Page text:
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Chapter 40 : Is use of Potting Mix Associated with Infection? Results from a Case Control Study in South Australia

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Is use of Potting Mix Associated with Infection? Results from a Case Control Study in South Australia, Page 1 of 2

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Abstract:

A case control study was performed in South Australia to determine if infection was associated with recent handling of commercial potting mix and to examine possible modes of transmission. Recent use of potting mix was associated with illness (odds ratio [OR] 4.74; 95% confidence interval [95% CI], 1.65 to 13.55; P=0.004) in bivariate analysis. This chapter suggests there are other factors within the gardening environment, as well as intrinsic and behavioral host factors, that are better predictors of infection than recent use of potting mix. An association between illness and proximity to dripping, hanging pots supports inhalation of contaminated aerosols produced during watering as a possible mode of transmission. Another possible mode of transmission is ingestion of organisms via contaminated hands, which is supported by the association between illness and eating or drinking after gardening before washing hands. Further information on risk factors for infection that explores the interface between potting mix, other gardening exposures, and behaviors while gardening need to be addressed in a larger study. Long-term smokers and possibly people with preexisting medical conditions such as respiratory and cardiac illness should be warned about their increased risk of infection. Raising people’s awareness of a possible health risk when using potting mix should continue in order to protect against infection.

Citation: O’Connor B, Carman J, Eckert K, Tucker G. 2006. Is use of Potting Mix Associated with Infection? Results from a Case Control Study in South Australia, p 149-151. In Cianciotto N, Kwaik Y, Edelstein P, Fields B, Geary D, Harrison T, Joseph C, Ratcliff R, Stout J, Swanson M (ed), . ASM Press, Washington, DC. doi: 10.1128/9781555815660.ch40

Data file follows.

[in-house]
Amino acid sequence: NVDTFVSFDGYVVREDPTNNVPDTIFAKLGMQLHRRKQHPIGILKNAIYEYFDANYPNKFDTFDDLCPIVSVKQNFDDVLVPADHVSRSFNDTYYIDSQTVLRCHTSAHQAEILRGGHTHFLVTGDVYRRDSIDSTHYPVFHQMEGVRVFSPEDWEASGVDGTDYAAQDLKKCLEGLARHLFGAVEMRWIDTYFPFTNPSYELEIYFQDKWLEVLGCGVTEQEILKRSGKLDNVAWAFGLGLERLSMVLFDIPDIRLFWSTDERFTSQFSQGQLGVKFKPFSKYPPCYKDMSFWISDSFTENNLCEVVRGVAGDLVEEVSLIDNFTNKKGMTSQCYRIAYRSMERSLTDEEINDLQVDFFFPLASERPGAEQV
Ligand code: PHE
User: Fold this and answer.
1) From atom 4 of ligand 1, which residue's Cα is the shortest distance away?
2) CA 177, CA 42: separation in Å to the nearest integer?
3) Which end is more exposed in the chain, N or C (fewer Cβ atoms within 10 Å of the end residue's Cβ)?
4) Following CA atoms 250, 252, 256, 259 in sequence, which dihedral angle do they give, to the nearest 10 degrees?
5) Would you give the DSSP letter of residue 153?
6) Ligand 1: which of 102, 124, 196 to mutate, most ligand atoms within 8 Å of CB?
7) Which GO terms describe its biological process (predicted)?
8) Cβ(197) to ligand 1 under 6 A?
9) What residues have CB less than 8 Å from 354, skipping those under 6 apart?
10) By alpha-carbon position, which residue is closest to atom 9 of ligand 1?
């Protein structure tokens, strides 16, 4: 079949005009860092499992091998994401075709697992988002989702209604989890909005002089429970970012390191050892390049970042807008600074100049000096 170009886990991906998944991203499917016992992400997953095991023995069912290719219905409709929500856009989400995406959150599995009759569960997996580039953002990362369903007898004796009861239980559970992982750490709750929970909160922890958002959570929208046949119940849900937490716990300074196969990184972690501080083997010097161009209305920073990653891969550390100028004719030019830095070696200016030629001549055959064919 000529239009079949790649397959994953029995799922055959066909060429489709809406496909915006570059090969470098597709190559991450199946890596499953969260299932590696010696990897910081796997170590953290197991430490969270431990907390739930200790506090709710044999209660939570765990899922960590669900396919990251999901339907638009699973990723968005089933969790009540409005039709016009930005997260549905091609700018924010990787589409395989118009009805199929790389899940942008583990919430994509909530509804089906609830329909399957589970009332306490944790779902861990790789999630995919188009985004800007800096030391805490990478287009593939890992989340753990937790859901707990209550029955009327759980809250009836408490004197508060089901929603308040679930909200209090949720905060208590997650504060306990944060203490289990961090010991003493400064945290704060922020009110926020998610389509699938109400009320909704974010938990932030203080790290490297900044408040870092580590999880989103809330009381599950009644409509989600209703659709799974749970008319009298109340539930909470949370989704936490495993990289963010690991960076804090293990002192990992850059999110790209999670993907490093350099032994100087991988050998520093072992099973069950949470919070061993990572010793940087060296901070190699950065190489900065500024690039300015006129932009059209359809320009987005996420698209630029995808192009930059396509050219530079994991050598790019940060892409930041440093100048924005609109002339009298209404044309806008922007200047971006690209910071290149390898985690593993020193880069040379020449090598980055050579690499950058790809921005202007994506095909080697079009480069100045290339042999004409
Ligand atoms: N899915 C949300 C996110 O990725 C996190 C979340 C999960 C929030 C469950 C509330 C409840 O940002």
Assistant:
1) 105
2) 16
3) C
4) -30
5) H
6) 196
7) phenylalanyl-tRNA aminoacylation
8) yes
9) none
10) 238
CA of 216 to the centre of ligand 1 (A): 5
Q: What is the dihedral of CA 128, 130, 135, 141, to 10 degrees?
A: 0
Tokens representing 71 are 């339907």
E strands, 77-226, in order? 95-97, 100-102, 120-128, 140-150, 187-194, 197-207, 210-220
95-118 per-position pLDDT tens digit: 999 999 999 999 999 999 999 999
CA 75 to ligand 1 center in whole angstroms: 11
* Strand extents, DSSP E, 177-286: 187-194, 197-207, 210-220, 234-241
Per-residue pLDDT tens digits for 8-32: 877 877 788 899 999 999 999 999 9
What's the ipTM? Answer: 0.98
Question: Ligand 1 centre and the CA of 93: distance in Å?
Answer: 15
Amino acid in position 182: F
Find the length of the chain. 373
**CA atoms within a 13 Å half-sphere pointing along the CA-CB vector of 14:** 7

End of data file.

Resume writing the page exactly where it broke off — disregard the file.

Key Concept Ranking

Legionella longbeachae
0.5972222
Incubation Period
0.52577484
Respiratory Diseases
0.42405874
0.5972222
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References

/content/book/10.1128/9781555815660.ch40
1. Cameron, S.,, D. Roder,, C. Walker, and, J. Feldheim. 1991. Epidemiological characteristics of Legionella infection in South Australia: implications for disease control. Aust. N. Z. J. Med. 21:6570.
2. Edelstein, P. H.,, N. P. Cianciotto. 2005. Legionella, p. 27112724, In G. Mandell,, J. Bennett,, R. Dolin (ed.). Principles and Practice of Infectious Diseases. Part III. Infectious Diseases and their Etio-logic Agents. Philadelphia Churchill Livingstone.
3. Miller, M.,, P. Roche,, K. Yohannes,, J. Spencer,, M. Bartlett,, J. Brotherton,, J. Hutchinson,, M. Kirk,, A. McDonald, and, C. Vadjic. 2005. Australia’s notifiable disease status, 2003 Annual Report of the National Notifiable Diseases Surveillance System. Communicable Dis. Intell. 29:176.

Tables

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TABLE 1

Multivariate analysis

Citation: O’Connor B, Carman J, Eckert K, Tucker G. 2006. Is use of Potting Mix Associated with Infection? Results from a Case Control Study in South Australia, p 149-151. In Cianciotto N, Kwaik Y, Edelstein P, Fields B, Geary D, Harrison T, Joseph C, Ratcliff R, Stout J, Swanson M (ed), . ASM Press, Washington, DC. doi: 10.1128/9781555815660.ch40

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